The Pros And Cons Of Google+ For Small Business
Google unveiled Google+ brand pages in November, enabling businesses and brands to join its social network. Since then, big brands—including Pepsi, Macy’s and Toyota—have jumped on the Google+ bandwagon, creating yet another hub page for their content-hungry fans.
We reached out to our community to better understand how (and if) small businesses are using Google+. We received more than 50 responses detailing the merits and downfalls of using Google’s social network as a small business.
Below are some of the top thoughts on the pros and cons of using Google+ as a small business.
Reasons to use Google+
A bulk of the small businesses we spoke with said they feel Google+ is an important social platform because it was developed by Google, one of the Internet’s favorite brands and one of the most influential websites when it comes to site referrals. But small business owners gave a plethora of reasons for being early adopters of the platform. Here are some of the top reasons we heard for using Google+.
1. Get an SEO boost. Bob Shirilla, director of marketing at Simply Bags, says that his business joined Google+ because he relies on Google search referrals for sales conversions. “Google+ influences search for all the people who have included my business in their circle,” he says. “We have also put a +1 button on each product page. This is a great way to get free promotion from people who like the product to people with similar interests.”
2. Host a hangout. “Hangouts offer an amazing opportunity for businesses to engage in a highly personal way with clients, customers and industry thought leaders,” says Roger Friedensen, president and CEO of Forge Communications. “Plus, employees in remote locations can hold team meetings to brainstorm with one another from an interface that affords them immediate and easy access to share and collaborate on most of the information materials they might need, such as documents and spreadsheets.”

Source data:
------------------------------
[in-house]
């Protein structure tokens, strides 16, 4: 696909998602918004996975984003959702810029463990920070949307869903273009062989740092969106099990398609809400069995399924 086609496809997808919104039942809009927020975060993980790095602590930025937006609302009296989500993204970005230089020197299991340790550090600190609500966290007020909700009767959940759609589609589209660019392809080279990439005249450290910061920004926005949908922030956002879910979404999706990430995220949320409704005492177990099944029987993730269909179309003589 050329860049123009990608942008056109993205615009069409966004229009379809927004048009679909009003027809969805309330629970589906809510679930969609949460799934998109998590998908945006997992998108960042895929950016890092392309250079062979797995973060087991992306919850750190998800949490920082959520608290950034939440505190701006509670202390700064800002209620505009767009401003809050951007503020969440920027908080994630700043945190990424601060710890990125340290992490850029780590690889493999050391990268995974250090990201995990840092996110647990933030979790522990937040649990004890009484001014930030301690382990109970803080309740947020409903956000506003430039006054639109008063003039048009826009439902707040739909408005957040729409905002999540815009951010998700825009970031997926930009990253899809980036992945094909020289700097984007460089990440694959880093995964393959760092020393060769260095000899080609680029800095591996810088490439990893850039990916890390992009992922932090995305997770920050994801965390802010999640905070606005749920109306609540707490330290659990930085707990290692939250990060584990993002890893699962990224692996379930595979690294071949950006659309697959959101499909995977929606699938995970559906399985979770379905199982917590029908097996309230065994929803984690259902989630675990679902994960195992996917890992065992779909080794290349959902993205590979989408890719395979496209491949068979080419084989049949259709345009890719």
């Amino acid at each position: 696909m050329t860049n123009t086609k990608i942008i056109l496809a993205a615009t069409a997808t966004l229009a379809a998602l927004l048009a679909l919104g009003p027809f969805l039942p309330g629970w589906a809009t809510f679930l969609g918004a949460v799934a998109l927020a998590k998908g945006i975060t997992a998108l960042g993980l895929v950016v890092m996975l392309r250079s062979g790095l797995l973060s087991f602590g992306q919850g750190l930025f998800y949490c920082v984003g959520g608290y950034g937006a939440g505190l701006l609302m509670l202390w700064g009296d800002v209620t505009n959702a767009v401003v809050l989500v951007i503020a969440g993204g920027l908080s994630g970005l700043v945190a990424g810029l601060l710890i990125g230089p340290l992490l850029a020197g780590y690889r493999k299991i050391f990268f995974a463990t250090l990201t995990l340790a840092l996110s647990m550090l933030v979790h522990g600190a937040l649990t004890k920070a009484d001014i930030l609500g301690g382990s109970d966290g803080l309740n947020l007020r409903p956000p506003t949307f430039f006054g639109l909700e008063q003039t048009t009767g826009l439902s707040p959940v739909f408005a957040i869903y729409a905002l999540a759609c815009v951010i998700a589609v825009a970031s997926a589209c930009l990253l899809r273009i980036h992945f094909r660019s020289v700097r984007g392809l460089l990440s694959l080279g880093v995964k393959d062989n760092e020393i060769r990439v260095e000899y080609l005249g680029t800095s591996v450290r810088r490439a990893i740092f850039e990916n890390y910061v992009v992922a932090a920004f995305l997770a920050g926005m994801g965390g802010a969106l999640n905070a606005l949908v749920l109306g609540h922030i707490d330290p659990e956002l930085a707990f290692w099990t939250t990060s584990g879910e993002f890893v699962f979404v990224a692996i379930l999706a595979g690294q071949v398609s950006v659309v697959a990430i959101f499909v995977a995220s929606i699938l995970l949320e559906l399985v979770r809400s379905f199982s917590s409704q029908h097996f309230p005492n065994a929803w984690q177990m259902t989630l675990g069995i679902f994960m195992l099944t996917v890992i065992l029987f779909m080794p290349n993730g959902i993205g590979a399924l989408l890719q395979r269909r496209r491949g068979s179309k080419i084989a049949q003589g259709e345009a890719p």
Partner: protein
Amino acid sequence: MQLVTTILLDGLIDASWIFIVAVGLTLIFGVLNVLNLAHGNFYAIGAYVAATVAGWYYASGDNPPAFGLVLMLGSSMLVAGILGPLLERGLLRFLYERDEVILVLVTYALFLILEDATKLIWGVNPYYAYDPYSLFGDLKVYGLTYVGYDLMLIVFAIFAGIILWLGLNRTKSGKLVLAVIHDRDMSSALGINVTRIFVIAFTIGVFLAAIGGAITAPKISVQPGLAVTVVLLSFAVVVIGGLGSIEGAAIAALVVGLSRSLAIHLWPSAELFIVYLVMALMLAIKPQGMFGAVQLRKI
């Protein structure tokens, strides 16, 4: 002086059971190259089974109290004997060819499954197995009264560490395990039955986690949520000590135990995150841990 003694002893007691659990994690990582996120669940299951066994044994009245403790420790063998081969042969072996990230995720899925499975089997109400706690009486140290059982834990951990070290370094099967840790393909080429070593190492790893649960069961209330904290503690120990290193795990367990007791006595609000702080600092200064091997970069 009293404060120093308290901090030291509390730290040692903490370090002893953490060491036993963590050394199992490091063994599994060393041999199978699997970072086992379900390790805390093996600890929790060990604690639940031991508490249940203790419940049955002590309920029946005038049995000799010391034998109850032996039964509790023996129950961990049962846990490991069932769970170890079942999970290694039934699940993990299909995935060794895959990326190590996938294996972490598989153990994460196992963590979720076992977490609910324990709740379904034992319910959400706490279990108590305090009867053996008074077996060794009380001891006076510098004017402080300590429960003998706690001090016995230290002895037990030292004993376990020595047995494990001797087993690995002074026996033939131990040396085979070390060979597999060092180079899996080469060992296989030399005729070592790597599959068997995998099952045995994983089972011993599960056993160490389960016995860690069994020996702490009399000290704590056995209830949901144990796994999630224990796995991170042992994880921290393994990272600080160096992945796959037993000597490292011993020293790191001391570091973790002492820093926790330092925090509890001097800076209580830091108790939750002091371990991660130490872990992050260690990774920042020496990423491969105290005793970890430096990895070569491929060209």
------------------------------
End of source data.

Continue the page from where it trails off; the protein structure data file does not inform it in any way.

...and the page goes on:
3. Expand content distribution. Phyllis Khare, the social media editorial director of iPhone Life magazine, says that Google+ is a great platform for expanding the publication’s content distribution. “It took us almost a year to get 1,000 Likes on our Facebook Page, and three days on G+ to get that number to Circle us,” she says. “We are gearing up for Hangouts with some of our writers in 2012 to answer iOS questions and a few other fun things with contests and giveaways.”
4. Connect with early adopters. If your business falls in the Internet or technology industries, Google+ could be a great place to connect a tech-savvy audience. “The people that are on Google+ already are most likely going to be early adopters of other technologies and marketing channels,” says Jason Pinto, CMO at interlinkONE. “When we look at what defines an ‘ideal customer’ for our products, that criteria is certainly high on our list.”
5. Segment your audience. “The obvious benefit of Google+ is that it allows us to share select content with specific audiences,” says Chad Udell, managing director of Float Mobile Learning. Google+ makes it easy for businesses to segment their audiences and share content directly with those certain groups of followers.
6. Use Google+ to network. David Greenberg, president of Parliament Tutors, says that his business does not have a Google+ page, but that he uses his personal Google+ page to network and gather contact data and research the “personal side” of relevant contacts, such as journalists and potential clients, so that he can better create a connection with them. He adds that the “About” section of a contact’s Google+ profile is usually a great start.
7. Just explore. Netronic Managing Director Martin Karlowitsch says, “We currently use Google+ for exploratory purposes. It is still a niche platform, but quickly growing and with a platform giant behind it. Knowing the impact that Google has on the way people find relevant information on the Web, Google+ soon can become significant by combining social and search. I want to start early using this platform to be prepared when this inflection point arises.”
Erica Swallow, Mashable Contributor